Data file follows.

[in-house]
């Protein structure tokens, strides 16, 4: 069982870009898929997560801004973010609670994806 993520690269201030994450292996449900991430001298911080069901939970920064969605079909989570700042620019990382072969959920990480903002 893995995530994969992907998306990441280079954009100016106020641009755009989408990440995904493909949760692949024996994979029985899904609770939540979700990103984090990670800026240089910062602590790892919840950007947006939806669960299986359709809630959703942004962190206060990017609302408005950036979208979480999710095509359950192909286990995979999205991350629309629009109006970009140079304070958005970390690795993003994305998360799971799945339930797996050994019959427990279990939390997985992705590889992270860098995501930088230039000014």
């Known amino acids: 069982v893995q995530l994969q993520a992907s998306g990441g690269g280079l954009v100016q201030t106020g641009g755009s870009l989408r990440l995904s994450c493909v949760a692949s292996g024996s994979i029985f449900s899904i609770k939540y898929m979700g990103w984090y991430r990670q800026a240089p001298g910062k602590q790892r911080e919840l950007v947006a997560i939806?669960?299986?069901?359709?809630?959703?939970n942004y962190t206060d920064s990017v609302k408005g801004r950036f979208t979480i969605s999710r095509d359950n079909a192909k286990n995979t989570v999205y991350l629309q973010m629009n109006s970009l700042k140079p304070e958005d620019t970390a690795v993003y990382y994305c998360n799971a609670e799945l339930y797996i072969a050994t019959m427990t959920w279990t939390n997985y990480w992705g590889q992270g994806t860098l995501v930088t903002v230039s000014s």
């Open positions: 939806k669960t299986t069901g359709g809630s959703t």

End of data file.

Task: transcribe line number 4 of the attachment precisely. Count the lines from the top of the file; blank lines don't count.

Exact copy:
């Open positions: 939806k669960t299986t069901g359709g809630s959703t």